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Oak Harbor mayor-elect offers kidney to stranger
Oak Harbor Mayor-elect Scott Dudley may be out of the office for a few weeks this summer because he’ll be busy donating one of his kidneys.
And not to a needy family member, but a man from a small suburb of Vancouver, B.C., who he’s never even met. Admittedly, his first six months in office is not the most opportune time for a major surgery, but Dudley said the opportunity came up and he just couldn’t say no.
“It’s something that’s been in the back of my mind for a while,” said Dudley, during a phone interview from Vancouver General Hospital.
Contacted for a separate issue, Dudley only revealed where he was when specifically asked by a Whidbey News-Times reporter. Dudley has been undergoing testing to insure he’s a qualified candidate for months but decided to keep it under wraps while on the campaign trail.
Dudley, a city councilman, won a hard-fought battle for the mayor’s seat with incumbent Jim Slowik this past November. He said he just didn’t feel the need to announce the procedure, which is still not guaranteed to happen, while running for Oak Harbor’s top seat.
“It’s not a situation where I’m doing it for votes,” Dudley said.
Rather, his family has a history of polycystic kidney disease. The genetic disorder results in the formation of cysts that can lead to kidney failure. It claimed both his grandmother and aunt and also afflicted his uncle.
Tests have shown that Dudley does not have the disease, nor is there a chance that he will contract it in the future. However, watching two of his relatives lose their struggle with the illness caused him to want to someday donate one of his own kidneys to someone in need.
That chance came along this spring. Dudley had been planning to go to Haiti on a humanitarian mission in February with his church, Living Word, but the trip was canceled last minute due to political upheavals in the small country.
As assistant governor for the Rotary Club’s district 5050, Dudley instead decided to visit chapters throughout the district including those in British Columbia. The decision would intertwine his fate with Keesha and Philip Rosario, residents of Haney in the district of Maple Ridge.
Philip, a 37-year-old small business owner, had just been diagnosed with polycystic kidney disease. He had no known prior family history with the disorder and only learned he was sick because he hadn’t been able to sleep for three days and begrudgingly went to see a doctor.
“I’m pretty stubborn,” Philip said. “I hadn’t been to the doctor for a while.”
You can imagine his shock when he and his wife Keesha were told that he had a fatal illness. Even worse, they learned that the waiting time for a kidney from a donor was eight to 10 years.
Keesha, who quickly became an expert on the condition, is a member of her local Rotary Club and was at a meeting and shared the news with other members. Dudley just happened to be sitting at the very same table.
He approached her afterward and Keesha said his face nearly “turned white” when she told him about the particular kidney disease afflicting Philip. But Dudley turned the tables on her when he said he was already looking to get on an anonymous donor list and would like to give Philip one of his kidneys.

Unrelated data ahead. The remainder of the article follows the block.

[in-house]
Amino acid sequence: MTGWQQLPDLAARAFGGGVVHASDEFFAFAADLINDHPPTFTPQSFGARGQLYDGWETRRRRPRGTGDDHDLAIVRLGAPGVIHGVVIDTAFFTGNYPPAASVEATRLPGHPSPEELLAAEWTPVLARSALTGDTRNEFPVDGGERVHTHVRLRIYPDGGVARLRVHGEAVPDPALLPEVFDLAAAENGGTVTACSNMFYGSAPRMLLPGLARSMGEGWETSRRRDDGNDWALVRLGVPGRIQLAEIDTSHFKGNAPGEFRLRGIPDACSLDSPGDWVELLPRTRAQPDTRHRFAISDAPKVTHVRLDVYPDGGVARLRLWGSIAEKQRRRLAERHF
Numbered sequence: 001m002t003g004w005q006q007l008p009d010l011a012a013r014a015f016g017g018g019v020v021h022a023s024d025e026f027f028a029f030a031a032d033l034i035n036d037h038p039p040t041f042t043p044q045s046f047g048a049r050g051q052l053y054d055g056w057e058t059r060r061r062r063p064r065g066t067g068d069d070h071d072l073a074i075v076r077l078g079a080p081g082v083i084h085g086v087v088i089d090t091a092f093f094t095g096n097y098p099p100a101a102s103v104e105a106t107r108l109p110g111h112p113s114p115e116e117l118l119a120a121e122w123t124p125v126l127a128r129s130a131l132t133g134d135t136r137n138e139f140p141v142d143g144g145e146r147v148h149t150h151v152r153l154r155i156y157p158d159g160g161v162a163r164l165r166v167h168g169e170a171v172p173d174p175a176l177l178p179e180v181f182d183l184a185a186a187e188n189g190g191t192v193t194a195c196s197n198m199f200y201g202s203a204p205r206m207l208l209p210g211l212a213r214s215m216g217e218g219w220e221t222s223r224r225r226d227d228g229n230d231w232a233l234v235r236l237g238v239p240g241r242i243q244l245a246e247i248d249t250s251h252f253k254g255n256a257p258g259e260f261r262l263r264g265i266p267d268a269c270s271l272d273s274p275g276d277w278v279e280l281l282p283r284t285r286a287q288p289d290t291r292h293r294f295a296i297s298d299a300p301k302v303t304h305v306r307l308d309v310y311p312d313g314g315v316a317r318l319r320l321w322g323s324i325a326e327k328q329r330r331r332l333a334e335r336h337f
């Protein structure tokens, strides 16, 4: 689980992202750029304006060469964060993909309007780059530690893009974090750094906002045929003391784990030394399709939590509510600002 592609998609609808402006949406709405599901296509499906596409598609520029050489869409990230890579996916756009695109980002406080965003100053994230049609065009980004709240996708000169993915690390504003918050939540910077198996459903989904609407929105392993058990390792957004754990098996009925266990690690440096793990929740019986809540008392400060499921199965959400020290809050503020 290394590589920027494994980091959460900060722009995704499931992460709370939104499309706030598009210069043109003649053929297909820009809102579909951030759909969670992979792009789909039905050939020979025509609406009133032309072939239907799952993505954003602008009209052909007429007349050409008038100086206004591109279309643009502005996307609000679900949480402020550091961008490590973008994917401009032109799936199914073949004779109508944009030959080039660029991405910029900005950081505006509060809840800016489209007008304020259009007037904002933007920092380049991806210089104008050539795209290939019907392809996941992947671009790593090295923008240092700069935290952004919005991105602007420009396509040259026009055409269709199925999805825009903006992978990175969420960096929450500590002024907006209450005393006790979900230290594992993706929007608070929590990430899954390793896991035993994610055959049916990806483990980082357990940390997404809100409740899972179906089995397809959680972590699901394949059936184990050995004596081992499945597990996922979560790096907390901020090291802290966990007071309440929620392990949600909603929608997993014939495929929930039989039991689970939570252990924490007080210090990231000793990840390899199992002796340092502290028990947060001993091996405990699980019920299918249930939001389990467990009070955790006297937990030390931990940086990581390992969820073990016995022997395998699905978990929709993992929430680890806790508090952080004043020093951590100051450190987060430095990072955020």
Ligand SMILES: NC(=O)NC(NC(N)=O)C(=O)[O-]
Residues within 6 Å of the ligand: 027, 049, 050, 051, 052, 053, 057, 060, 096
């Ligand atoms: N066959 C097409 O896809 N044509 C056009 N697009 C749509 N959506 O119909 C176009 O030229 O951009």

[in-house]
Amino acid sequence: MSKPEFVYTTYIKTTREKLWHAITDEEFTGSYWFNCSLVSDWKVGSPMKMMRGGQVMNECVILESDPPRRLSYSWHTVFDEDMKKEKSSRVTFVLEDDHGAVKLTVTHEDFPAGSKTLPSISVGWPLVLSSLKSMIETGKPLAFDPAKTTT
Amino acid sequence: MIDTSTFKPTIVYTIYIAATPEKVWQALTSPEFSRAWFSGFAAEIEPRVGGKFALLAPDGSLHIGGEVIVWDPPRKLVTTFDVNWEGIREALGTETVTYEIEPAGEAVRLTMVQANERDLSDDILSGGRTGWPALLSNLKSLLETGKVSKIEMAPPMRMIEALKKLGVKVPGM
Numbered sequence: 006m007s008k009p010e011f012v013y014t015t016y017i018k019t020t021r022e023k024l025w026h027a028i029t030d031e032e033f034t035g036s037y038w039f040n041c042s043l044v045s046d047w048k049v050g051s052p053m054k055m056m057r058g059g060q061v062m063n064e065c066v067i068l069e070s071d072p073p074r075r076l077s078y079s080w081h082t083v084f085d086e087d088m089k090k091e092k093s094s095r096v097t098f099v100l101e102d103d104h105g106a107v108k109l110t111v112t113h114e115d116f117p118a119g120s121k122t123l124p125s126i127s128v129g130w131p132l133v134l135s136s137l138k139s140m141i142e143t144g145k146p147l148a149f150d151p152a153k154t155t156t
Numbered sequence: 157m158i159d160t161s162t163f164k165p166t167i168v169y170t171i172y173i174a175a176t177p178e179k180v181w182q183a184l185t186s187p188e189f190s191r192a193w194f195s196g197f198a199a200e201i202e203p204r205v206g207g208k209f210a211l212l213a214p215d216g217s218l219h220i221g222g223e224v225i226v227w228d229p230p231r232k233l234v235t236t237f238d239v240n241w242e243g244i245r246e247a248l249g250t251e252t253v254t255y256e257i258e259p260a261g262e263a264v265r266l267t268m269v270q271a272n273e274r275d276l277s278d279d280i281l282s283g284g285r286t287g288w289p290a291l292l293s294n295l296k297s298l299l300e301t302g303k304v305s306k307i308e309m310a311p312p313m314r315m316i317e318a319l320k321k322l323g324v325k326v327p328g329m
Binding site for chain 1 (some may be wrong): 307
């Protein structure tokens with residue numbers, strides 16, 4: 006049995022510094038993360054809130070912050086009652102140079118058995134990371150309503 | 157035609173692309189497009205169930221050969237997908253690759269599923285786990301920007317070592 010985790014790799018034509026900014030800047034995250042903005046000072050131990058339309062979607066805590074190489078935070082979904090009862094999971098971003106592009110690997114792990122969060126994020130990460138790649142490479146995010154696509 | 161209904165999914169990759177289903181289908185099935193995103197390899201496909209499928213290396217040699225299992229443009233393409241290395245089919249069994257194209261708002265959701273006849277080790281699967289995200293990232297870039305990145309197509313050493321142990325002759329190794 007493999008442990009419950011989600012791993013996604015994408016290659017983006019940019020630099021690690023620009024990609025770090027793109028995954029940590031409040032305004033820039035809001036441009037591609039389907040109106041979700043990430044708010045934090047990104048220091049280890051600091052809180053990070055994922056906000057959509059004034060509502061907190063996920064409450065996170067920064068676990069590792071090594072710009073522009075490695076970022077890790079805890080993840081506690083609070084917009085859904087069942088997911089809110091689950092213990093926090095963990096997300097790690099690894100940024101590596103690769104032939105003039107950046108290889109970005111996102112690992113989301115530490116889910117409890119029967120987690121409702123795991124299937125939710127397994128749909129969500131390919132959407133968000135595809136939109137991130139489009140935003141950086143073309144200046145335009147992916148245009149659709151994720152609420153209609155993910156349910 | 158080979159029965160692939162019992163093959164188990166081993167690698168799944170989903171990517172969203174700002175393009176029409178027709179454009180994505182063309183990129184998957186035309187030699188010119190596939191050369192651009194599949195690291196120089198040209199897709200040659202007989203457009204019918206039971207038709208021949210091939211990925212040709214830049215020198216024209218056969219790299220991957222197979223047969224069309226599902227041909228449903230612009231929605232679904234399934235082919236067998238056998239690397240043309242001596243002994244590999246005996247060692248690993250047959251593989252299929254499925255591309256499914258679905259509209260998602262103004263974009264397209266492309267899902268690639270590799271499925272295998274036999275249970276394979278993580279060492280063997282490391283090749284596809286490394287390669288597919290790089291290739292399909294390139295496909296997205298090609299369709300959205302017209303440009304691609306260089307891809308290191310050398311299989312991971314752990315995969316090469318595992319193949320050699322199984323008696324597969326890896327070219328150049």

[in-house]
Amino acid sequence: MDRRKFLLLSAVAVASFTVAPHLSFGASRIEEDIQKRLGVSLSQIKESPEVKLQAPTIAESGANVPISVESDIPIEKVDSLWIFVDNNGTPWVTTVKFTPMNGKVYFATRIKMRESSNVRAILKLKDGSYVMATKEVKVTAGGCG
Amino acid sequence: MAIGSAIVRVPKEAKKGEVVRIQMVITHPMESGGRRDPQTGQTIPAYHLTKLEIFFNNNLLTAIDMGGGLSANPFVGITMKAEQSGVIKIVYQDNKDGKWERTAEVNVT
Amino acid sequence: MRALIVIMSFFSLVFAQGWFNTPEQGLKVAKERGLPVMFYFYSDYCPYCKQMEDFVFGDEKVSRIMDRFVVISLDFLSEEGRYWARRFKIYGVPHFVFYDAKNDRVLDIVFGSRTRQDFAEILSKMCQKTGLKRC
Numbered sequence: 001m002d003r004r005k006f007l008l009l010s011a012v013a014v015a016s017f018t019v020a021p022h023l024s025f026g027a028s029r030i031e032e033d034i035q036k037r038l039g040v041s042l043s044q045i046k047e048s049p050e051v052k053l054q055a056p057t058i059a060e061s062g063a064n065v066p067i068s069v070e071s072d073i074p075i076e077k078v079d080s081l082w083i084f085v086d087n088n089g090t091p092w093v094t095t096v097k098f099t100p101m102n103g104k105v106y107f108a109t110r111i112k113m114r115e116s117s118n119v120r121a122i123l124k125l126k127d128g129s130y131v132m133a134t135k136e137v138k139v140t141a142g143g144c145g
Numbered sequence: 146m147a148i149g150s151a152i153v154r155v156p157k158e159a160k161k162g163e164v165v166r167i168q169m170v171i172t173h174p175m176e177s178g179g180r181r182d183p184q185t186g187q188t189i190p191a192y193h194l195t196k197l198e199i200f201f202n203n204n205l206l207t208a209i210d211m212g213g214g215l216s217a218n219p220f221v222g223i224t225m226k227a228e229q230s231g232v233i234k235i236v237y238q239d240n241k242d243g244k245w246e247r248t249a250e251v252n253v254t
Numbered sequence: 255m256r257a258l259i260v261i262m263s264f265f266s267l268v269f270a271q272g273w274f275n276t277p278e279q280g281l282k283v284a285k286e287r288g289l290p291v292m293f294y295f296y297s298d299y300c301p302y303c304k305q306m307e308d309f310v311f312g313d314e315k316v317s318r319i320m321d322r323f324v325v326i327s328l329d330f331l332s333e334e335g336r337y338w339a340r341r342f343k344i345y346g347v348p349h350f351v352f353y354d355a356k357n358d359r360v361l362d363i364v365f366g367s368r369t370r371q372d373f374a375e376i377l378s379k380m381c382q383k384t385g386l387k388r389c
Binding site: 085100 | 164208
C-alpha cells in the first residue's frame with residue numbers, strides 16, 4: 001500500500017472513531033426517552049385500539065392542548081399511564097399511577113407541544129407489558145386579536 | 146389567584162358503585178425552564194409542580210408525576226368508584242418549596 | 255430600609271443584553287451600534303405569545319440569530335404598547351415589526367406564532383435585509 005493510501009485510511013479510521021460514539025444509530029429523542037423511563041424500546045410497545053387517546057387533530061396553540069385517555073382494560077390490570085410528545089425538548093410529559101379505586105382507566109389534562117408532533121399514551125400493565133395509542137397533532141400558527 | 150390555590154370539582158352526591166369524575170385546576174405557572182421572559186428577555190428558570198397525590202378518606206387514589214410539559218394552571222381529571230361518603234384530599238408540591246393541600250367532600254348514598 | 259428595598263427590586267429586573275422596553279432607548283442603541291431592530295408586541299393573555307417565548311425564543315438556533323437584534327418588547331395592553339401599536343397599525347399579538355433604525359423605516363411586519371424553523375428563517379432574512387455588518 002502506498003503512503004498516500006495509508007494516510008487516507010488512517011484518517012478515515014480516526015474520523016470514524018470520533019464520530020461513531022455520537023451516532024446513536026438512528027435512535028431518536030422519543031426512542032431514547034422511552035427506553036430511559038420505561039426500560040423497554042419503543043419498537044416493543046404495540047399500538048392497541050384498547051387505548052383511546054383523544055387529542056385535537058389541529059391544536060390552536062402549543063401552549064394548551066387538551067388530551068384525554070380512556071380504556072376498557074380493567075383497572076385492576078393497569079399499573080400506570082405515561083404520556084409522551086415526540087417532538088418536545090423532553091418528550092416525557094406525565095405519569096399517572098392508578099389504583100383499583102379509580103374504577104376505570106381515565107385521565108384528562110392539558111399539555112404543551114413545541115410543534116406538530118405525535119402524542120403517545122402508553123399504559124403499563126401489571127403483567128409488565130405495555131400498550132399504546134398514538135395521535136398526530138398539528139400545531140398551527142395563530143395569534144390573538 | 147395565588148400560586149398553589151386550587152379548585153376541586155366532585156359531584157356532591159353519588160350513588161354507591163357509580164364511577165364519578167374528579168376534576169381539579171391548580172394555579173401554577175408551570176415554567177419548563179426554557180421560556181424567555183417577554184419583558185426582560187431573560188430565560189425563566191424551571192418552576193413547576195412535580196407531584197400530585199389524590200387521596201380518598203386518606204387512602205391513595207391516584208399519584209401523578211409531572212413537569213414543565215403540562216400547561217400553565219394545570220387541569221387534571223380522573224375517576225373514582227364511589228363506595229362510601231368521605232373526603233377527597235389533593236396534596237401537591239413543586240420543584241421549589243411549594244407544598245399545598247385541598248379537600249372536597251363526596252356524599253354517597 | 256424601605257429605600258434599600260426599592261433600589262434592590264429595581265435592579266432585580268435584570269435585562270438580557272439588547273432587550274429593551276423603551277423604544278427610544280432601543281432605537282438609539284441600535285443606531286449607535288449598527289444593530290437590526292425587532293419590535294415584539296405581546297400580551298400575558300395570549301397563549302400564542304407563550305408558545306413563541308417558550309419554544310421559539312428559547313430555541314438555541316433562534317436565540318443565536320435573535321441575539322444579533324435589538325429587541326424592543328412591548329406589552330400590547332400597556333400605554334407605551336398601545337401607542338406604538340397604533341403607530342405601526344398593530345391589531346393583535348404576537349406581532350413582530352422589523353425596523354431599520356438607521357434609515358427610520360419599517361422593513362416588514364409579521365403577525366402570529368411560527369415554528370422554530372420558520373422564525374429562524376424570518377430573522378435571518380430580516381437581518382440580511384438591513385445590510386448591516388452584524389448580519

“I’m tearing up just thinking about it,” Keesha said. “It’s unbelievable how the universe pans out. Through Rotary Club, a lot of amazing things happen.”
Months have since passed, and although Dudley and Philip have yet to meet or even talk by telephone, both have undergone a litany of tests to insure they are compatible matches.
At the time of the interview, Dudley had just underwent a CAT scan and a nuclear renogram, a test in which radionuclides are injected into the blood. They are monitored as they flow through the kidneys to gauge the organ’s health and function.
Dudley joked that he was feeling a little radioactive and wondered if he might set off a few alarms on his way back into the United States. Despite his humor, that’s actually happened, according to Dr. Christopher Nguan.
A urologic surgeon specializing in transplants, Nguan will perform Dudley’s operation. He said there have been cases where patients who have undergone renograms were stopped by border patrol agents for setting off radiation detection devices.
Although the test sounds invasive and uncomfortable, Nguan said it’s really rather benign. Even so, Philip said he is still trying to wrap his head around the idea of someone he’s never met doing so much for him.
“It’s amazing to me that some random stranger ... I have family that wouldn’t do this,” Philip said.
Additional testing is still needed and whether the transplant procedure will move forward is by no means guaranteed. If it does, and Dudley said things look good so far, the surgery would be done sometime in spring or early summer.
But if some unforeseen complication arises and things don’t work out with Philip, Dudley said that doesn’t mean it won’t with someone else. He would remain on the donor list, he said.
“The fact is somebody needs my second kidney more than I do,” Dudley said.
According to Nguan, removing a kidney is a major operation and not without some risk. But Dudley said he’s not worried. Today’s technology --- laptops and cellphones --- will help insure that he doesn’t miss much action at City Hall and he claims to be a fast healer.
“I tend to push the envelope,” Dudley said. “I bounce back pretty quickly.”
As for Philip, the disease is advancing and not knowing whether the procedure will really move forward is tough. But, with light at the end of the tunnel, he’s looking to the future with renewed hope, thanks to Dudley.
“I just think he’s one of a kind,” Philip said. “I wish there were more people like him. In my eyes, he’s a hero.”